The Lord may be our shepherd, but too many among us can see the bottom of our desperately dry cups. Goodness and mercy often feel very far from us. And we worry that we might never be able to find our way home into the arms of God.

We love this psalm. Why is that? I wonder if we love it because it shows us what we yearn for the most: who we want to be, and how we want to believe. We want to be people for whom God is enough. A people who are saved by God. A people whose faith and gratitude is so deep and profound, that it changes what we perceive, and how we live.

Though it was written long before Jesus lived, and died, and rose again, this is to me a resurrection psalm. There aren’t just rainbows and butterflies in this beautiful psalm, there is evil, and enemies, and the shadow of death: the hard stuff is all here. But right alongside it is abundance and mercy and hope. In this psalm, Easter shines through Good Friday triumphantly.

Here it is again, in this psalm, the Easter message we’ve been listening to this season, the promise of our God: that the power love is greater than all that is dangerous and terrifying and death itself. We come to church to hear to this message. We stick around to learn to trust this message. And even those of us who have been here a long time, we still yearn to live in this message more fully. We try over and over again to walk the paths of righteousness and accept God’s gifts of grace.

It is with this yearning that this congregation made an Open and Affirming covenant 15 years ago. If you don’t know what Open and Affirming means, you are not alone. It is the label that our denomination uses to let people know that a community offers a full and public welcome to people of all sexual orientations. And we decided to do that, which was saying a lot, I think, in 1999. But if you read the statement, you’ll realize that it’s far more audacious than that. We covenanted to explicitly embrace many other forms of diversity (though today we might want to expand this list even further). And not only that – we affirmed our intention to end all discrimination and oppression. And not only that – we promised to strive to become more Christ-like in our love for one another, to follow God’s call to love one another as God loves us, freely and unconditionally.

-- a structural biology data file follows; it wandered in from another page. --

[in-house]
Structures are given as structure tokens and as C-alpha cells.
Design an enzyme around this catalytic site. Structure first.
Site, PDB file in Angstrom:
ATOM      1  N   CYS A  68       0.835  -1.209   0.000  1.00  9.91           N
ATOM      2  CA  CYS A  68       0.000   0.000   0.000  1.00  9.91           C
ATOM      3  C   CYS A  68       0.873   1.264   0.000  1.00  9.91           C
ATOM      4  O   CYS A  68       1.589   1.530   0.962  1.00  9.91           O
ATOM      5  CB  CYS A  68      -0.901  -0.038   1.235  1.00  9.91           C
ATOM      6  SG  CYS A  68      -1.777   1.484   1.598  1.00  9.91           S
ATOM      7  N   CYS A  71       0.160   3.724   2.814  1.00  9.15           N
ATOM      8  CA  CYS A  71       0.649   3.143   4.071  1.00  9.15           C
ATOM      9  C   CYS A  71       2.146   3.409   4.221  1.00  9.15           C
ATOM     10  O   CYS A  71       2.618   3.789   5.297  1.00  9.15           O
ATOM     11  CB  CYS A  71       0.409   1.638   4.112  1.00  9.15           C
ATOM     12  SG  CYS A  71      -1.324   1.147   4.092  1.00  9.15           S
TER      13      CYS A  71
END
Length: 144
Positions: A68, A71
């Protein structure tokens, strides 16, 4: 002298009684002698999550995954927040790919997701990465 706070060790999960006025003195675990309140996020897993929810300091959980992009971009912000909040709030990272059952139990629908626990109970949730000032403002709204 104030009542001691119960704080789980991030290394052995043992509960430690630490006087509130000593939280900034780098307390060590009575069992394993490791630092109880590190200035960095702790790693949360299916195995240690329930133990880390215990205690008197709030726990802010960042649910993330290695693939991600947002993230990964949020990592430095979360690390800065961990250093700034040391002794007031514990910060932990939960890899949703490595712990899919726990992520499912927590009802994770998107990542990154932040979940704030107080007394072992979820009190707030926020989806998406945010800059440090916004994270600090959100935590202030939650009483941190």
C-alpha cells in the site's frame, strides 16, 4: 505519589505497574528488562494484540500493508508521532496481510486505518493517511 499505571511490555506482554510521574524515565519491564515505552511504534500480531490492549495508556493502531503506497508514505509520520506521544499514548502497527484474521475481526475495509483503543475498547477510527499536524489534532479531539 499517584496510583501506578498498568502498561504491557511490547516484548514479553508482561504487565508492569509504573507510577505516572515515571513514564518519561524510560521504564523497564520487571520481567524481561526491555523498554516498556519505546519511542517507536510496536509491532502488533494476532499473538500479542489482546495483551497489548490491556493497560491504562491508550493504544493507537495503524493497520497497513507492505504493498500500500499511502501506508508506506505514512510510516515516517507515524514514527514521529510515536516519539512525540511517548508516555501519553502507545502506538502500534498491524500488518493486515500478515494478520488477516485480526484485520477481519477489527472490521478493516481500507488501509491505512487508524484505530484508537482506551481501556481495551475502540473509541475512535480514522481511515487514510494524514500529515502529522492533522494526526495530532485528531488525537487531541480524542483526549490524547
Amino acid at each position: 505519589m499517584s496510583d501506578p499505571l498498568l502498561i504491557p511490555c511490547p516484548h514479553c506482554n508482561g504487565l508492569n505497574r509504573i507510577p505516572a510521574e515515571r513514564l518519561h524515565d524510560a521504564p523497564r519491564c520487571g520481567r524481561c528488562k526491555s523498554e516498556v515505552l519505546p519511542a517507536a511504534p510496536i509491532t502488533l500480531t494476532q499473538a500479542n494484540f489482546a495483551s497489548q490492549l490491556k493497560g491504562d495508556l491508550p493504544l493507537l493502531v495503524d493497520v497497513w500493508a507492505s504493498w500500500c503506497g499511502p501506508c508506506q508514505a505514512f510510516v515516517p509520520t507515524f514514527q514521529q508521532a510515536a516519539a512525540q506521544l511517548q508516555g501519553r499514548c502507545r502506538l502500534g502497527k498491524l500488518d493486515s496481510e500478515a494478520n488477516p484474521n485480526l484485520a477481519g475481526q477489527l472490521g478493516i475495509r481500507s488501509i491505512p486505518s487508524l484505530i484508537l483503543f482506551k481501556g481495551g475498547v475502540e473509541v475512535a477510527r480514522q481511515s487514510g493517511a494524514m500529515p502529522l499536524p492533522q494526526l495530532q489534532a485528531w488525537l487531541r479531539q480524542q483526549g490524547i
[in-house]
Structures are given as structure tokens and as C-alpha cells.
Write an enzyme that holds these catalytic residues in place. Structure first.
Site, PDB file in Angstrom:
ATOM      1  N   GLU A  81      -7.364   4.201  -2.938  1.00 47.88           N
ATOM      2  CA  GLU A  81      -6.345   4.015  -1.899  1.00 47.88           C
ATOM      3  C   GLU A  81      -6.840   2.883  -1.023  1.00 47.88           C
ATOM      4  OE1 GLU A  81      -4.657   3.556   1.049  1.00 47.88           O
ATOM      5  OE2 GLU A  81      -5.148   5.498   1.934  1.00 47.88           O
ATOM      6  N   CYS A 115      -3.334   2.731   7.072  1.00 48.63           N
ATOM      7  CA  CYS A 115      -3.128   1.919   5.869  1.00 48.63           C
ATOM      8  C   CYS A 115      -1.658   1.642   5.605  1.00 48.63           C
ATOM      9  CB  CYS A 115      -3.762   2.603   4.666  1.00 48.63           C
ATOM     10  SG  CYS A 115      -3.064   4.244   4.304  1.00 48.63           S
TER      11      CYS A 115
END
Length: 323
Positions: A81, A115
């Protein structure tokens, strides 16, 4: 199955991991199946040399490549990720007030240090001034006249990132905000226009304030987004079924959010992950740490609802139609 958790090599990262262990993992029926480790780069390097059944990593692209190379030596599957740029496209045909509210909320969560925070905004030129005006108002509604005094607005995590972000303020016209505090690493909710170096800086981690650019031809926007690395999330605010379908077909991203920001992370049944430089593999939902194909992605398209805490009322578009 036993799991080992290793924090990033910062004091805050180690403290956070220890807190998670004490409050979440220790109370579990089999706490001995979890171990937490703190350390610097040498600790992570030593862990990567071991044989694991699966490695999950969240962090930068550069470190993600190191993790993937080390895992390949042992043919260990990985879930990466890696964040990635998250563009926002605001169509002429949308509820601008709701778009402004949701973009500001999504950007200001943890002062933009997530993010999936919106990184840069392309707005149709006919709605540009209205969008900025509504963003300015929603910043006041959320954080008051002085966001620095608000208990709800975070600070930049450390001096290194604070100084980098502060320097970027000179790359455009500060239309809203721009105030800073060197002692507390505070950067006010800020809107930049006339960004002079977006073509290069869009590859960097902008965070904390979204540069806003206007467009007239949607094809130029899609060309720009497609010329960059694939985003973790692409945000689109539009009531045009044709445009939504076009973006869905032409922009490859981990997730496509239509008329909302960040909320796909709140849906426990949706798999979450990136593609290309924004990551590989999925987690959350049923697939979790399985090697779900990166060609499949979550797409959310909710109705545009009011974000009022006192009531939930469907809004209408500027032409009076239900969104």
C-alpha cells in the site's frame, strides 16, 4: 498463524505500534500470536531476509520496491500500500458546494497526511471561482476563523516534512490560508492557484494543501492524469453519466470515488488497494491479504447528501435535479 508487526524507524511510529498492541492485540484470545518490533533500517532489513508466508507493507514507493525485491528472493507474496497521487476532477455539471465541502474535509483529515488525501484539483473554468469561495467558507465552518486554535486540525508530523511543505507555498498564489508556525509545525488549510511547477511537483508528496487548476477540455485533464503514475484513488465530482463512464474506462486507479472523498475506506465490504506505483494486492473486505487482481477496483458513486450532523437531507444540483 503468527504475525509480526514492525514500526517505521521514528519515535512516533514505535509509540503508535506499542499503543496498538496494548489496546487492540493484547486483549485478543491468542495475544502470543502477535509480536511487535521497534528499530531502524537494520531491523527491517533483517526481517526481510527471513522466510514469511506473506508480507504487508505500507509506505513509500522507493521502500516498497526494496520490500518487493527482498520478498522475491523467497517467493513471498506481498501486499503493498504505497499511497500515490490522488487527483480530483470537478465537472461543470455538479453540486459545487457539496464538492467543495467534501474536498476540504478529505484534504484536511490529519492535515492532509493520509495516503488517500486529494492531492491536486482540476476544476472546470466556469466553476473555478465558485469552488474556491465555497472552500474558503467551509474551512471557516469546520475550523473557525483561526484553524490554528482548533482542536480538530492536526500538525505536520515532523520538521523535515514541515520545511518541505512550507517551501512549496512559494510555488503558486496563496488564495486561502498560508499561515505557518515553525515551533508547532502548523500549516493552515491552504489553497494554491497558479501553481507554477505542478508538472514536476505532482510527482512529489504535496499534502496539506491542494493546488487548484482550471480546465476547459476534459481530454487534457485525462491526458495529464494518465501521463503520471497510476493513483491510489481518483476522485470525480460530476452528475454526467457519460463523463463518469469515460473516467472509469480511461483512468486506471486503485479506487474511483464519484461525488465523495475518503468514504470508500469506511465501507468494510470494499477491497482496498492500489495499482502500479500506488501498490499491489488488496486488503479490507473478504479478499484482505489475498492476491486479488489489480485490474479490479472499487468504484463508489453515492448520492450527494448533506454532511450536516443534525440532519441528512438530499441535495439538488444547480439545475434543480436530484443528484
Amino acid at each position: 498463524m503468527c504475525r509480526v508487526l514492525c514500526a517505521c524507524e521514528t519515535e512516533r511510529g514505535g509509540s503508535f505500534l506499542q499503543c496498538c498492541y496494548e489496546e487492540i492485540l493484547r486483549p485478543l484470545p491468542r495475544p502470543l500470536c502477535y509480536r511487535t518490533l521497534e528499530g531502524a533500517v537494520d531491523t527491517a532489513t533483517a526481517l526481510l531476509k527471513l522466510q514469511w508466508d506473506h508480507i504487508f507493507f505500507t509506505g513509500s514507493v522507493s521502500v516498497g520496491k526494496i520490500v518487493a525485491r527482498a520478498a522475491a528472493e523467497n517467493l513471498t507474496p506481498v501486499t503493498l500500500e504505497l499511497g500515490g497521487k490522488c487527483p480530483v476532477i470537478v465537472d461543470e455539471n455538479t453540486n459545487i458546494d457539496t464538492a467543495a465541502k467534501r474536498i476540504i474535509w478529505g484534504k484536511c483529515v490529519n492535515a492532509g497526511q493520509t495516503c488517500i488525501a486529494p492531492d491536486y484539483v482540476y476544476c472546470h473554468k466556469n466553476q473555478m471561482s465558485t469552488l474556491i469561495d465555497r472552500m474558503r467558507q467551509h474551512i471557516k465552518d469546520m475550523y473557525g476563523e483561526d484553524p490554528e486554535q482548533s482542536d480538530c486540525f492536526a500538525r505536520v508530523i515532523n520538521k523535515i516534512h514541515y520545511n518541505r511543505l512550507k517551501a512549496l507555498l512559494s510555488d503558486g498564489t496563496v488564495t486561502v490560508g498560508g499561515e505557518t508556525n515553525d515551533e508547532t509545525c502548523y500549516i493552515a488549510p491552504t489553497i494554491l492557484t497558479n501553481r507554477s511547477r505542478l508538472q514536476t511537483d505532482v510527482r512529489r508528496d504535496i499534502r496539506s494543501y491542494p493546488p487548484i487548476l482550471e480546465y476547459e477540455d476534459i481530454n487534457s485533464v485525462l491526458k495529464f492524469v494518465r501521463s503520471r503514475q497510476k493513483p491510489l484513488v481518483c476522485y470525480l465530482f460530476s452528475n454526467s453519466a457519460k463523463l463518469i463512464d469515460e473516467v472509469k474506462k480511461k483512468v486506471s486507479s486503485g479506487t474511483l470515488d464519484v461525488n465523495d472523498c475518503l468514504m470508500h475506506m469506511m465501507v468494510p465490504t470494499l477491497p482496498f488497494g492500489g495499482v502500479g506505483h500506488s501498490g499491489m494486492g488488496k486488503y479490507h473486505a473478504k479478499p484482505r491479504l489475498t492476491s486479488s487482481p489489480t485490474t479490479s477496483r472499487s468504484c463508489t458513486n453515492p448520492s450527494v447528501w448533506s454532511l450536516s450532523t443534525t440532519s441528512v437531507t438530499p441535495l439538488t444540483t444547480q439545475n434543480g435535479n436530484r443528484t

Now you could say that those folks who were here in 1999 were a little bit crazy. But if they were crazy, I say: this is the foolishness of the gospel. It is only a resurrection kind of faith that could make anyone believe that living up to this kind of covenant is remotely possible. Like the 23rd psalm, this statement shows us who this community was yearning to be, and how we were yearning to believe.

It’s a beautiful covenant. But I don’t think we’re quite there yet. So I wonder if we could make these promises again. Whether we could affirm this holy audaciousness again . Whether we can claim it as our own, those who are still here, those like me who are here now, so that it may guide us towards paths of righteousness, and right into the arms of God. Who knows what the Spirit may yet do in us. Is there anything impossible with God?

We, the members of the West Concord Union Church, are called to love one another as God loves us, freely and unconditionally. We further believe that diversity enriches our faith community.

Therefore, we welcome persons of any age, gender, race, sexual orientation, socio-economic status, ethnicity and physical or mental ability into full membership and participation in the body of Christ. We celebrate family in all its diverse forms and honor, support, and bless all loving and committed relationships.

As we are one in Christ, we are called to accept and respect one another in the face of our differences. We agree that continued dialogue is necessary as we each grow in learning and understanding.

We commit ourselves to work diligently to end all oppression and discrimination which afflicts God’s people in our society. We seek to explore new ways of affirming our faith in community according to the wisdom of the Gospel. We strive, as individuals, to become more Christ-like in our love for one another.

Let the people say: Amen.